All IP addressing used in these examples are specified as prefixes used for documentation.

interfaces {
gr-0/0/0 {
unit 0 {
clear-dont-fragment-bit;
description "GRE to Colo";
tunnel {
source 203.0.113.1;
destination 198.51.100.1;
allow-fragmentation;
}
family inet {
mtu 1476;
address 192.0.2.253/31;
}
family inet6 {
mtu 1476;
address 2001:db8:1::1/64;
}
}
}
}
routing-options {
static {
route 198.51.100.1/32 next-hop 203.0.113.2;
}
}

As the GRE interface is just a regular interface, we should configure this interface to belong to a security zone. In this case it’s my untrust zone as I connect directly to the Internet. I allow BGP traffic to access this interface as we will configure this later. I do not include any security policy configuration here, as they are just default (allow all traffic from trust to untrust).

security {
flow {
tcp-mss {
all-tcp {
mss 1340;
}
}
}
zones {
security-zone untrust {
interfaces {
gr-0/0/0.0 {
host-inbound-traffic {
protocols {
bgp;
}
}
}
}
}
}
}

One key knob here is that I have to specify a TCP MSS value that is much lower than normal. This is because I need to account for a GRE+IP header overhead, but I also have an IPsec tunnel configured that adds overhead. There are special commands here to just change the MSS size for GRE tunnels, but they are designed for the GRE over IPsec use-case. This is IPsec over GRE.

In my case an MSS size of 1366 works, but this is not an easy job to determine, as the ESP overhead on a packet varies on the packet size. I tried an ICMP ping with DF-bit set and up to 1378 bytes, my ping reply came back. This means 1378 + ICMP (8b) + IP (20b) = 1406 bytes, or 94 bytes of total overhead

MSS: MTU – IP (20b) – TCP (20b) = 1460 bytes – All-overhead (94b) = 1366 bytes

Cisco has a great IPsec overhead calculator https://cway.cisco.com/ipsec-overhead-calculator/

Online I found varying safe numbers. I’ve set it to 1340 to also accommodate the additional 20 bytes on an IPv6 header. Please comment below your recommendation for MSS size!

BGP configuration

Finally it’s time to set-up some dynamic routing. In this case, as I wanted to advertise my own Autonomous System (AS) as well. I wanted to originate BGP from my house and the router in the co-location to act as transit provider for me. So let’s setup a pretty standard EBGP configuration. Again BGP is included in any vSRX license.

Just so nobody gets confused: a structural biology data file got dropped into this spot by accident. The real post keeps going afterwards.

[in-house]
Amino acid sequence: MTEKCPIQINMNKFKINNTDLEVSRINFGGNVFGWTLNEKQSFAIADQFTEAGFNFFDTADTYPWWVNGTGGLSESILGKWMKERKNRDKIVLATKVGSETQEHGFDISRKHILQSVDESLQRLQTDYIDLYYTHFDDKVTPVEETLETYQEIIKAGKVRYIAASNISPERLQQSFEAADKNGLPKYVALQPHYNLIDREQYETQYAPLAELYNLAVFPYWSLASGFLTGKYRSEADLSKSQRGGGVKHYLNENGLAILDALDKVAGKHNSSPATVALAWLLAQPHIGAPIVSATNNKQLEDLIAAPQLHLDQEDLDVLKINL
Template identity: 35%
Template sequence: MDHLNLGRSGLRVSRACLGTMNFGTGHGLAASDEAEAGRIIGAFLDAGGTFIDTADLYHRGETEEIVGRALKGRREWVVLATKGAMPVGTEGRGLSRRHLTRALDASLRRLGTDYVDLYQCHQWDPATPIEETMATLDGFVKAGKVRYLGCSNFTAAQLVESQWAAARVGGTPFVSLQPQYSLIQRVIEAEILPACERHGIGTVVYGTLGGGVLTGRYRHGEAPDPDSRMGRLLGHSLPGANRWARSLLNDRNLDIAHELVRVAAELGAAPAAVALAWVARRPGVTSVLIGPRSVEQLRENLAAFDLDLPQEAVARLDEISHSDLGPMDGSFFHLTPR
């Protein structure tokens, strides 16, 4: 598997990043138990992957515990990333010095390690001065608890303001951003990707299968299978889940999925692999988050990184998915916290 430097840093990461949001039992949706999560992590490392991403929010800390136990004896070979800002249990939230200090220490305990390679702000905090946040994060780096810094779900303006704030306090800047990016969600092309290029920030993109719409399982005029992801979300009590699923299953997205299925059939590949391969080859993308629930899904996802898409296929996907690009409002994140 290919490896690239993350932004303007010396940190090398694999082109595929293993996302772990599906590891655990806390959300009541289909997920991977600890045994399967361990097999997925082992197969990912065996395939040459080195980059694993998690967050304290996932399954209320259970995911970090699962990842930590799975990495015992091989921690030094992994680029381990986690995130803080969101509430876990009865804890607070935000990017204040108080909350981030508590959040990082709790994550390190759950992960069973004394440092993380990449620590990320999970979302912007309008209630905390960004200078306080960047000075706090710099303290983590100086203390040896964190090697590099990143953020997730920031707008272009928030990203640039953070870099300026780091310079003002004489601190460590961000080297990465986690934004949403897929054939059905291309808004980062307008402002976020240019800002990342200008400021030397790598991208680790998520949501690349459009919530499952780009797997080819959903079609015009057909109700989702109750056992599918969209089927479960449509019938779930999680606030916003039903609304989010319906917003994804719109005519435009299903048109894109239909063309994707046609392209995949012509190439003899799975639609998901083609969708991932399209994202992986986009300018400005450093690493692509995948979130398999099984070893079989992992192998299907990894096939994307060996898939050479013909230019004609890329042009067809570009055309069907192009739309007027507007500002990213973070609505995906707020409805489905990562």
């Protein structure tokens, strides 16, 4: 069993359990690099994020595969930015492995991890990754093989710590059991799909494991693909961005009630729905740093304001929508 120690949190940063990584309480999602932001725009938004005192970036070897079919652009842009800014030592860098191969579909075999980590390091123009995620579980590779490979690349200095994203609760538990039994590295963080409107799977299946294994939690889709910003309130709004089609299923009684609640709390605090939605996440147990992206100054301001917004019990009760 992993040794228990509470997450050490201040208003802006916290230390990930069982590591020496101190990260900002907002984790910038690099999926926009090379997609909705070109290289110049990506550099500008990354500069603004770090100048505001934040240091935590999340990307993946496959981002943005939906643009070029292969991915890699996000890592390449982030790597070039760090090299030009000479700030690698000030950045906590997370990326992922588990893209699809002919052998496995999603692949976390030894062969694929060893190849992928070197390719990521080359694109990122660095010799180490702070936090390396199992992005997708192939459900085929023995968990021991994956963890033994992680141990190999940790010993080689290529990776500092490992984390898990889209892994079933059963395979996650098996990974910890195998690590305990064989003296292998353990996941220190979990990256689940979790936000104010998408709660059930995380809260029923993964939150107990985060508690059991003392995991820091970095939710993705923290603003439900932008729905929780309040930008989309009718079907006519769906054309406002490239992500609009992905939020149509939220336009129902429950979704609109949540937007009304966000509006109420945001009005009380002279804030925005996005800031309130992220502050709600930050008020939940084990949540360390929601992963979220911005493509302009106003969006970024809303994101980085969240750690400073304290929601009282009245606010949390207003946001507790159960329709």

protocols {
bgp {
group colo-v4 {
type external;
import colo-ipv4-in;
family inet {
unicast;
}
export colo-ipv4-out;
peer-as 65001;
neighbor 192.0.2.254;
}
group colo-v6 {
type external;
import colo-ipv6-in;
family inet6 {
unicast;
}
export colo-ipv6-out;
peer-as 65001;
neighbor 2001:db8:1::2;
}
log-updown;
}
}
routing-options {
router-id 192.0.2.1;
autonomous-system 64999;
}

As BGP is already specified as host-inbound-traffic in the security zones configuration, no additional policy is required. This does mean that all BGP traffic is allowed. Of course it’s best practice to limit the source address of the BGP traffic to only the neighbors configured. For that the vSRX supports regular control plane security by applying a firewall filter configuration to the Loopback interface (no IP address required if you don’t want it). 

Of course policies are the most important part of any BGP configuration. I’m not interested in receiving a full BGP table so a default route will do fine for both IPv4 and IPv6. Second I need to advertise my own IP space from my own AS. To originate the prefixes I created 2 static routes to advertise the entire subnet, so I can use that later.

policy-options {
policy-statement colo-ipv4-in {
term allow-default {
from {
route-filter 0.0.0.0/0 exact;
}
then accept;
}
then reject;
}
policy-statement colo-ipv4-out {
term my-subnet {
from {
protocol static;
route-filter 192.0.2.0/24 exact;
}
then accept;
}
then reject;
}
policy-statement colo-ipv6-in {
term allow-default {
from {
route-filter ::/0 exact;
}
then accept;
}
then reject;
}
policy-statement colo-ipv6-out {
term my-subnet {
from {
protocol static;
route-filter 2001:db8:abc::/48 exact;
}
then accept;
}
then reject;
}
}
routing-options {
rib inet6.0 {
static {
route 2001:db8:abc::/48 discard;
}
}
static {
route 192.0.2.0/24 discard;
}
}

RIPE

Now establishing a dynamic routing configuration is one thing. To have your prefix be accepted by any upstream networks, you have to make sure your administration is in place. As I live in Europe, my IP resources come from RIPE. 

By the way: If you want to learn more on RIPE, RIPE NCC and Routing Security, make sure you listen to the episode of the Routing Table podcast we recorded with Nathalie Trenaman on these topics!